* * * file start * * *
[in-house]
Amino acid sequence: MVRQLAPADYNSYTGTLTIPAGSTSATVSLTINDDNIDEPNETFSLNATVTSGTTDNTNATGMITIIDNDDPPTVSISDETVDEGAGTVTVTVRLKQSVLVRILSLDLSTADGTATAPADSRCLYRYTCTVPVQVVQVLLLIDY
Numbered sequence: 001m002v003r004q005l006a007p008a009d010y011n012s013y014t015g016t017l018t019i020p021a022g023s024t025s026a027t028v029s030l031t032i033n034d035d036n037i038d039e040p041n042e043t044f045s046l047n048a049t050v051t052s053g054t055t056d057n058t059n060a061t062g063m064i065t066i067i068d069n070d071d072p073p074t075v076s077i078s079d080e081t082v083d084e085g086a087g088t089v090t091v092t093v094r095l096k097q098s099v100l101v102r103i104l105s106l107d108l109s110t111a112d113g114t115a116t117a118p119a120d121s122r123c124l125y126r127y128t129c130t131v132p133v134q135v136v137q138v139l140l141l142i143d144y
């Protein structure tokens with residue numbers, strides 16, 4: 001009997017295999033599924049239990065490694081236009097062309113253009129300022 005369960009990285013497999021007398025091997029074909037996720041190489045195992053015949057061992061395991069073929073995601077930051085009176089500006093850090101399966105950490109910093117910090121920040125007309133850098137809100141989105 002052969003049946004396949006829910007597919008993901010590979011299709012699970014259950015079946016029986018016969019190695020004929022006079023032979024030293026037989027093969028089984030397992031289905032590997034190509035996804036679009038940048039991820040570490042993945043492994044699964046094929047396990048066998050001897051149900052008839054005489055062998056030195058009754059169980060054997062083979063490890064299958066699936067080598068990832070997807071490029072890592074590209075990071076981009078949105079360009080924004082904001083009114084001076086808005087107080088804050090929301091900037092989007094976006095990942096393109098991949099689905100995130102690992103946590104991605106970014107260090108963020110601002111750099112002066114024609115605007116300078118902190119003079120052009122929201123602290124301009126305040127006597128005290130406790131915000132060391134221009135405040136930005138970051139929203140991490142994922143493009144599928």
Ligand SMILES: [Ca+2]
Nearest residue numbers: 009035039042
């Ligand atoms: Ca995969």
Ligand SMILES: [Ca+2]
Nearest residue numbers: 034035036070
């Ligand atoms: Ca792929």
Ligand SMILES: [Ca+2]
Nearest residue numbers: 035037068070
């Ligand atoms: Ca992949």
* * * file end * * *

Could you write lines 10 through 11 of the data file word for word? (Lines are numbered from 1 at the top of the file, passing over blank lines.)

């Ligand atoms: Ca792929």
Ligand SMILES: [Ca+2]